6. During 2007–20154, Slovakia received 12 billion euro in EU funds, equivalent to 15 percent of its GDP5 and more than 2144 euro in per capita terms. Within the Convergence objective, the ERDF and ESF funds are targeted to the regions with a GDP per capita below 75 percent of the EU average. With the exception of Bratislava, the rest of the country has been eligible for these funds. Bratislava, instead, has received financial support to improve competitiveness, support innovations, employment and social inclusion. The whole country has also been eligible for transfers from the Cohesion Fund, available to those in the EU with GDP below the 90 percent of the EU average.6 Slovakia has been participating in eleven OPs. Seven OPs are under the Convergence objectives, three OPs are multi-objective operational programs (Convergence, Regional competitiveness and Employment objective) and one operational program falls under the Regional Competitiveness and Employment objective.

A01ufig8

EU funds absorption rates

(Percent)

Citation: IMF Staff Country Reports 2017, 072; 10.5089/9781475587937.002.A001

Sources: European Commission and IMF Staff calculation

7. Despite the large allocations, spending of EU funds at the beginning of the 2007–2013 programming period has been markedly delayed. Several factors contributed to the slow uptake of funds and therefore to the low absorption rates at the beginning of the last EU cycle. A lack of coordination in setting up the priorities across the OPs, insufficient transparency and verification of public procurement processes by the managing authorities and changes to the Public Procurement Act are among them. The Slovak authorities acknowledged that the slow uptake of EU funds at the beginning of the programming period has been the crucial factor explaining low absorption rates and that a more even spending path would amplify the growth effect of the transfers, contributing more substantially to the reduction of regional disparities.7

A01ufig9

Absorption by Sector, 2014

(Percent)

Citation: IMF Staff Country Reports 2017, 072; 10.5089/9781475587937.002.A001

Sources: European Commission and IMF Staff estimation

8. The rate of absorption has scaled-up at the very end of the programming period. Only in recent years, and especially in 2015, Slovakia increased dramatically the uptake of EU funds. Absorption as of December 2016 was almost 96 percent.8 Slovakia performed below the EU average until the very end of the EU funds cycle.

A01ufig10

Absorption rates–2014

Citation: IMF Staff Country Reports 2017, 072; 10.5089/9781475587937.002.A001

9. Absorption in Slovakia has been uneven not only across time, but also across OPs and regions. The regional and sectoral dimensions appear to be relevant when looking at absorption rates. In 2014, several infrastructure OPs show absorption rates below 60 percent, with only social infrastructure being the exception. A report by KPMG shows similar trends for OP Information Environment, OP Education and OP Bratislava Region, which present below-average absorption rates. The fragmentation across OPs has been mentioned as a possible barrier to faster absorption and this hypothesis will be tested in the empirical section of the paper.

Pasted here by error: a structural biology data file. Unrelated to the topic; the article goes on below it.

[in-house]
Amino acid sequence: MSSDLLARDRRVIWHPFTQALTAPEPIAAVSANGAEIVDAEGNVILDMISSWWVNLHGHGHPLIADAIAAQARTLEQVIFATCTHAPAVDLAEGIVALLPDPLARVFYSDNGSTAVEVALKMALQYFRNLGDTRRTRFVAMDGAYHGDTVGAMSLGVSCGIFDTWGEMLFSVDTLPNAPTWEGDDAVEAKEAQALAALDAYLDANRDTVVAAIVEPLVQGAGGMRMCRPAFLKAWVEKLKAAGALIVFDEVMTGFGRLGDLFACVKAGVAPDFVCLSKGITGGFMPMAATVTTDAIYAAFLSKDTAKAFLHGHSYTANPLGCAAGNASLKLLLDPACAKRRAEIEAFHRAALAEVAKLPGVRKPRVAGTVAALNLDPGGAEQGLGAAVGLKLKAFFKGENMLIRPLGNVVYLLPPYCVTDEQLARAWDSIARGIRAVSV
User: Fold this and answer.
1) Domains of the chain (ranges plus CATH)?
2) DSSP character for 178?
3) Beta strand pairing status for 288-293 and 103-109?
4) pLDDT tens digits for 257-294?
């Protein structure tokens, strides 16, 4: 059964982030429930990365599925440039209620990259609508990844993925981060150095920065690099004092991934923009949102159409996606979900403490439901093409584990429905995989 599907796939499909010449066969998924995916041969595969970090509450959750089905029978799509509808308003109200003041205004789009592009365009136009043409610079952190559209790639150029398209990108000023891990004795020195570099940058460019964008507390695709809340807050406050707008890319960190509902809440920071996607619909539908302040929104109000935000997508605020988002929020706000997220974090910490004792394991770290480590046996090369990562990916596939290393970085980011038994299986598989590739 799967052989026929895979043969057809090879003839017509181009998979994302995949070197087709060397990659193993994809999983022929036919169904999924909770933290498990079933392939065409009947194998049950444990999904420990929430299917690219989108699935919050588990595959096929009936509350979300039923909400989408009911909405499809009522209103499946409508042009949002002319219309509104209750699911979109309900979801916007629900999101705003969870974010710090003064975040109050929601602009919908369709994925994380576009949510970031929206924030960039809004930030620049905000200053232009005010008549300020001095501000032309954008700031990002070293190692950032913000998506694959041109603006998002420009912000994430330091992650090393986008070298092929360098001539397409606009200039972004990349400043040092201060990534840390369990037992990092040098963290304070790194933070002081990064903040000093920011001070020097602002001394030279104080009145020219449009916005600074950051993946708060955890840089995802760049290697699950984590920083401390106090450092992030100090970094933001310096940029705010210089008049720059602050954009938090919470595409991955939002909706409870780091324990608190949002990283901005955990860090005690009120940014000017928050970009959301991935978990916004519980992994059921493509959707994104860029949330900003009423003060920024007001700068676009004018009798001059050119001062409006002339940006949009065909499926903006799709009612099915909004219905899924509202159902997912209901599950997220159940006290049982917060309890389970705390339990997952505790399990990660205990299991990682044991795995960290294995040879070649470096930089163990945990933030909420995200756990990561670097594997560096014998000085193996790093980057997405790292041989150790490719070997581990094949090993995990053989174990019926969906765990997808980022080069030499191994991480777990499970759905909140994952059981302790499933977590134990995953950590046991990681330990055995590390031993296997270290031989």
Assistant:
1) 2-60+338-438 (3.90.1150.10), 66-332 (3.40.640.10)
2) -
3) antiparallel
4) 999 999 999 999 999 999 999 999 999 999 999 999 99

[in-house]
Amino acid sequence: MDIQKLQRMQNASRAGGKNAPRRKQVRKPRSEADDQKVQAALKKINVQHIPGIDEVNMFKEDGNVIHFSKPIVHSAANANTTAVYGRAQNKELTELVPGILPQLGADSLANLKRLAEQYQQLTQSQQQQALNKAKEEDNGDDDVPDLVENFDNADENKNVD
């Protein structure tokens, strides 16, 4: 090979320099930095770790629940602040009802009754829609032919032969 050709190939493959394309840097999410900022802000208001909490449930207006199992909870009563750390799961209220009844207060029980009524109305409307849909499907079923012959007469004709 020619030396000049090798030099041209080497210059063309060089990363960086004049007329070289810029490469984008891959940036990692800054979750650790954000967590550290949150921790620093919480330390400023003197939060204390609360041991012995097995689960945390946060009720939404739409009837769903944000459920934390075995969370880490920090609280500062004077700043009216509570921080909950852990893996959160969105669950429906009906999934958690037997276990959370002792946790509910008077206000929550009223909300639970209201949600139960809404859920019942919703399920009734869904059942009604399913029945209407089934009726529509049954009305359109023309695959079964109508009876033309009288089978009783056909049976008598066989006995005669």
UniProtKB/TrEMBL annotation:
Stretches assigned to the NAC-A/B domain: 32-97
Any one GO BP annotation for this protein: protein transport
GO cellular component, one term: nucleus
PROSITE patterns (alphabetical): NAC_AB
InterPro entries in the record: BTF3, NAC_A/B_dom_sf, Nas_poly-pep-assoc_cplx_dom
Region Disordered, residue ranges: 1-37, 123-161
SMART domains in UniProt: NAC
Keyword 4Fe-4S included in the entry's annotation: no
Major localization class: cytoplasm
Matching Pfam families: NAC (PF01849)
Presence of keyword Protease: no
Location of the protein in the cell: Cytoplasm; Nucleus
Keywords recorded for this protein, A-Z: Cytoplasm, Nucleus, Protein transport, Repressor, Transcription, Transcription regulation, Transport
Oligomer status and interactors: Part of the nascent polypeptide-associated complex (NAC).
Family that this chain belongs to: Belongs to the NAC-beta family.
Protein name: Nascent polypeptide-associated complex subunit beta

10. The uneven absorption of EU funds and the sharp scaling-up in 2015 generated inefficiencies, reducing the potential impact of EU transfers on growth. The aid literature underlines the importance of absorptive capacity for transfers to be used productively by recipient countries and shows that projects undertaken in periods of scaling up of public investment are less likely to be successful (Presbitero 2016 and Berg et al. 2013). Anecdotal evidence shows that, at the end of the programming period, projects were chosen by the urgency to spend the allocated funds, rather than by the quality of the projects. While EU funds supported growth in the short term, by focusing on “shovel-ready” projects, their impact on potential output could have been higher, with better prioritization.9 For instance, the European Commission discusses how progress towards closing the road infrastructure gap have been slow. 10 While the motorway network improved only slightly between 2011 and 2014, the scale-up of EU funds absorption boosted construction with 56 km built in 2015 only.

11. Slovakia also incurred in financial corrections reflecting inefficiencies. In 2014, audits and control systems identified errors related to public procurement and project selection procedures. Payments for nine OPs were interrupted and only resumed in December 2015, after the application of financial corrections (169 euro million imposed by the EC and 41 euro million imposed by the Slovak authorities). 11

12. The Government Office, in a report on the evaluation of structural funds, identified the main factors affecting absorption performance and overall management of EU funds in Slovakia.12 A survey of EU transfers beneficiaries, including central public administration bodies, local and regional government bodies, entrepreneurs and NGOs, identified the following factors as affecting the implementation of Structural and Cohesion Policies:

  • Legislative framework: Frequent legislative changes and amendments to the Public Procurement law have been perceived as a problematic element affecting the ability to access EU funds. Origination of new obligations, ambiguity in the interpretation of the legislation governing the EU transfers, and excessive administration burdens have also been mentioned as difficult factors by the survey respondents.